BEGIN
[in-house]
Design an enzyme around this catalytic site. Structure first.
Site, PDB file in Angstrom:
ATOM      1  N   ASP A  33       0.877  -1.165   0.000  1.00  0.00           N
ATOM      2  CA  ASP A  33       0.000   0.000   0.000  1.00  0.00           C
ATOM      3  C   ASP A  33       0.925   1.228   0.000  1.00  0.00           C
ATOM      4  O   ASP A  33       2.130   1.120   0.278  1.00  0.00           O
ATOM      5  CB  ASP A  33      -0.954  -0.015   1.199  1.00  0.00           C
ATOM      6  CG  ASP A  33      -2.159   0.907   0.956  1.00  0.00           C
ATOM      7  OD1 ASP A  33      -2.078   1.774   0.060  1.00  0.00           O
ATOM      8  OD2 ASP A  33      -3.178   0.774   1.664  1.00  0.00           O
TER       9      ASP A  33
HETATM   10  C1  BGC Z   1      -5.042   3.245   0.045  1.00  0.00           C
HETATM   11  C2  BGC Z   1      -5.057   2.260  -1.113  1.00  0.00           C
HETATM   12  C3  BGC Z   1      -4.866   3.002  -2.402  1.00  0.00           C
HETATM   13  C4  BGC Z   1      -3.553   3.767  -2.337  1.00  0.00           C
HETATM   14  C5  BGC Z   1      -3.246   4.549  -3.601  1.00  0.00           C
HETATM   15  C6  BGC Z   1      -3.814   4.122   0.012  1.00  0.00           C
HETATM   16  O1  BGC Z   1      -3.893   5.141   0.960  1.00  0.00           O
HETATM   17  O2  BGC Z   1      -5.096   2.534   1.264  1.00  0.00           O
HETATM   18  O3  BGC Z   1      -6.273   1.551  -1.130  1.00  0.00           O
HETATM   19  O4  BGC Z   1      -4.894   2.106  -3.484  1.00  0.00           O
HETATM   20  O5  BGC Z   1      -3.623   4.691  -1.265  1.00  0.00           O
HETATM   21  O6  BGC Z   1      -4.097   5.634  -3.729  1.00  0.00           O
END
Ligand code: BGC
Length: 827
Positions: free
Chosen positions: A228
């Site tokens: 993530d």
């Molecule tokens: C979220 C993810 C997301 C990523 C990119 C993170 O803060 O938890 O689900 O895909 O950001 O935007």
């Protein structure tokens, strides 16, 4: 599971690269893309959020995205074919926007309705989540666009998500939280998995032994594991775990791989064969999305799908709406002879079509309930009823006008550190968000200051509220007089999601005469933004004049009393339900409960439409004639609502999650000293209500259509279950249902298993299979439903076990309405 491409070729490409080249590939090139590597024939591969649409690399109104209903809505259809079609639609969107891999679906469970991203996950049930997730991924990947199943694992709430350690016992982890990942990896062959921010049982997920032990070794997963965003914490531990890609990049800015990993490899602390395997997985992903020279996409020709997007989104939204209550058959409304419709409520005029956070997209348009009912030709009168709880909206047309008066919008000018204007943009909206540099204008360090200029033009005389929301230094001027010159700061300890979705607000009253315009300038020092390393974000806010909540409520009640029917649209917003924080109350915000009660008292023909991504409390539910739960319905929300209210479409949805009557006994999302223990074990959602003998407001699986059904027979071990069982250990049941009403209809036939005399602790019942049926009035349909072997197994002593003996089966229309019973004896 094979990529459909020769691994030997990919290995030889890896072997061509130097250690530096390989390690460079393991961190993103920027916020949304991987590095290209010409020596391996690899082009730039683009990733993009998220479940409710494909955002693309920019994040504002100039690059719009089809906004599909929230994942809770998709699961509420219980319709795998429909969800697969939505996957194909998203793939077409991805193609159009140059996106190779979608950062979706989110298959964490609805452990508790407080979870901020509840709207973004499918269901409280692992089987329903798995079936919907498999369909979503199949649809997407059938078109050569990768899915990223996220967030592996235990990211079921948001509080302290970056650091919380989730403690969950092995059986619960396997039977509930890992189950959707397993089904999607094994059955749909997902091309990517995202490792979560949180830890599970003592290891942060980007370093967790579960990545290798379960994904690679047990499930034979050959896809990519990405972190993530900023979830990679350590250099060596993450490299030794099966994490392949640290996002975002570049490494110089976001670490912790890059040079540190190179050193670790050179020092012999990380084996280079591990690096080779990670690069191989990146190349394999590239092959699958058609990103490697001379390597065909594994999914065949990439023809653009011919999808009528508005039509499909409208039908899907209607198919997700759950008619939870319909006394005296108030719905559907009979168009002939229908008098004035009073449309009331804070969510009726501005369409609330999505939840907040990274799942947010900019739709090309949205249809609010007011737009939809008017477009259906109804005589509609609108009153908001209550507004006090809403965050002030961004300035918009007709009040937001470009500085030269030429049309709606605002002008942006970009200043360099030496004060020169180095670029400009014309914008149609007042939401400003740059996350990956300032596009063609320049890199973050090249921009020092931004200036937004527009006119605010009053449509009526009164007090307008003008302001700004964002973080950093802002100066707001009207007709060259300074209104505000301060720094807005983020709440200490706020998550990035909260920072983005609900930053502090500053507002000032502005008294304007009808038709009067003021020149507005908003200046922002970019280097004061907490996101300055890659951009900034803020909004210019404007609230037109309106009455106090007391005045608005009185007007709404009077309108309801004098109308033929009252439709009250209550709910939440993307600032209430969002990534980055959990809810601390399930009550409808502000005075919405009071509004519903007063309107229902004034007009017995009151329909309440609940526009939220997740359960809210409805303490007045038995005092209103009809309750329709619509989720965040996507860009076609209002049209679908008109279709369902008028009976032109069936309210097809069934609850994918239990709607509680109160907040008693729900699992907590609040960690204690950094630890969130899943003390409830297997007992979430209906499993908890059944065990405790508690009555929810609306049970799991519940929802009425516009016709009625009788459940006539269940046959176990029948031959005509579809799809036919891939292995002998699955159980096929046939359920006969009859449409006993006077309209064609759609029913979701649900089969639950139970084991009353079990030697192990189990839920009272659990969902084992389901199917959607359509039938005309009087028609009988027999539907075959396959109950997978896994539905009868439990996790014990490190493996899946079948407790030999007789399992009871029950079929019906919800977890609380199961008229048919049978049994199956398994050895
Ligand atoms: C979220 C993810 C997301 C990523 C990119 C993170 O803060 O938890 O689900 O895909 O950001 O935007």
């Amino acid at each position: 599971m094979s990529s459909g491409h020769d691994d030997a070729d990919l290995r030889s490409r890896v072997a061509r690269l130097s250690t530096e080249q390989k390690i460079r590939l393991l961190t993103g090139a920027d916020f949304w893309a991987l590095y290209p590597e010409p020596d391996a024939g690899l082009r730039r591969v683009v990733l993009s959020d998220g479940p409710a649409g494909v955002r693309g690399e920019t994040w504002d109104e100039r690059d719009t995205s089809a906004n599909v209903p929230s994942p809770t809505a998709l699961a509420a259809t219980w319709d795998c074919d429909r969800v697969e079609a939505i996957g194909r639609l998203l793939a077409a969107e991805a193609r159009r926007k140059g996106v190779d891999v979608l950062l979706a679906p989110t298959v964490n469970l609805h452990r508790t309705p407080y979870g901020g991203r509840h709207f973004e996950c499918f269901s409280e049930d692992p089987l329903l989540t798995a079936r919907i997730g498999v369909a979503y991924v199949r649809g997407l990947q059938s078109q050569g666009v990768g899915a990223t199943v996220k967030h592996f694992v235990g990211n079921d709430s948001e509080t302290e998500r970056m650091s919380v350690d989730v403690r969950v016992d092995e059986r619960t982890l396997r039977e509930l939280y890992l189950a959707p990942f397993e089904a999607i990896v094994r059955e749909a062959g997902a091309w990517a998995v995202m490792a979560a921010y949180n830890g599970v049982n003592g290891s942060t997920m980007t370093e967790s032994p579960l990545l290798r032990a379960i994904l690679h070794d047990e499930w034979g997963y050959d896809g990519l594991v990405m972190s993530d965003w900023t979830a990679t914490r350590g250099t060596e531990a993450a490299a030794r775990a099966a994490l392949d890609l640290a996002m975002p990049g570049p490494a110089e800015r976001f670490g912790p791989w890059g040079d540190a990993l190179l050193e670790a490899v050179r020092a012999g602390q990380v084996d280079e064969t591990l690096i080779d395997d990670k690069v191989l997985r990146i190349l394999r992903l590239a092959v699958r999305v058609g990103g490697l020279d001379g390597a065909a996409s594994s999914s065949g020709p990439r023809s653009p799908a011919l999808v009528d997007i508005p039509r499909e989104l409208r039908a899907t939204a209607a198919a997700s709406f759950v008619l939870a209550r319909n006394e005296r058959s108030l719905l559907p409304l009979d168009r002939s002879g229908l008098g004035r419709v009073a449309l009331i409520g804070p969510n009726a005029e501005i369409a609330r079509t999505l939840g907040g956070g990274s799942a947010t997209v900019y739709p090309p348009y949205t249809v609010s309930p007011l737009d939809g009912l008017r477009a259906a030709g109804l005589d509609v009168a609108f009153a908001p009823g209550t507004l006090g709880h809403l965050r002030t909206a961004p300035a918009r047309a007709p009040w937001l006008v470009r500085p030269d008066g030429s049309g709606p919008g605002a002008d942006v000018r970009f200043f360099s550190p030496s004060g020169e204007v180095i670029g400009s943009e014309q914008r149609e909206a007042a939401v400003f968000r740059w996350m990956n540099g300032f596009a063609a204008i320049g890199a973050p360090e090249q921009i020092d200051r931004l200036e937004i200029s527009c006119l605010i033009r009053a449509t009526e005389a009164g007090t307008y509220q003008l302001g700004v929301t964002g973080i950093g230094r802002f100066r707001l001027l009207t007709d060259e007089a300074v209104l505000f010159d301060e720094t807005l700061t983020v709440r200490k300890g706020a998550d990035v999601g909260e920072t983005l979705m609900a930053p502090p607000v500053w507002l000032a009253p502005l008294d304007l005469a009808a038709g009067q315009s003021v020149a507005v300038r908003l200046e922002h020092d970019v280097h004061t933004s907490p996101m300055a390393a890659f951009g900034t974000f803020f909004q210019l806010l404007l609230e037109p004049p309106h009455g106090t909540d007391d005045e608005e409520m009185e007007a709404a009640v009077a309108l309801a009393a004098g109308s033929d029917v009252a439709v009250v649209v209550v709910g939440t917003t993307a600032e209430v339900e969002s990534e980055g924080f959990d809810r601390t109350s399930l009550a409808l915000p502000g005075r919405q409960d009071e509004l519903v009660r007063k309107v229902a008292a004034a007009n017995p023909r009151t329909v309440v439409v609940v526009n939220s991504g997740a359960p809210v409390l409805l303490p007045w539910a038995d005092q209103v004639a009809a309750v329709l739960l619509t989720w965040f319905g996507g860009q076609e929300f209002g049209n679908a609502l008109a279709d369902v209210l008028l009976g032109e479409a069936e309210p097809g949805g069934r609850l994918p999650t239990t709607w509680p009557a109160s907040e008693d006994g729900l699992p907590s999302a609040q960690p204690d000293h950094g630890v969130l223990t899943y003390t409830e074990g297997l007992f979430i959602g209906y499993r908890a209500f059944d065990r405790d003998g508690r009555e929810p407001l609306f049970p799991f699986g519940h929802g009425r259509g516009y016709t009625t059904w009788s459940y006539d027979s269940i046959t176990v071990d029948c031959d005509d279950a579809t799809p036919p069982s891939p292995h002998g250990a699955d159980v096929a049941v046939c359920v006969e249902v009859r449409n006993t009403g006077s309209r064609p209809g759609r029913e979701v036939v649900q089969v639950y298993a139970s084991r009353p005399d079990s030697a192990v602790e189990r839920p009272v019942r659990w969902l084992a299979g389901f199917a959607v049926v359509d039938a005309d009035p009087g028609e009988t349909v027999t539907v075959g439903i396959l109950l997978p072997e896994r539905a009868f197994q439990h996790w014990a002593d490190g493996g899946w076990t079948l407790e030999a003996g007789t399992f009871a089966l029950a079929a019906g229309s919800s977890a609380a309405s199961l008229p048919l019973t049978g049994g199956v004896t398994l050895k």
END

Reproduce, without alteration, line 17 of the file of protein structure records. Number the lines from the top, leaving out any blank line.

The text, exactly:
HETATM   14  C5  BGC Z   1      -3.246   4.549  -3.601  1.00  0.00           C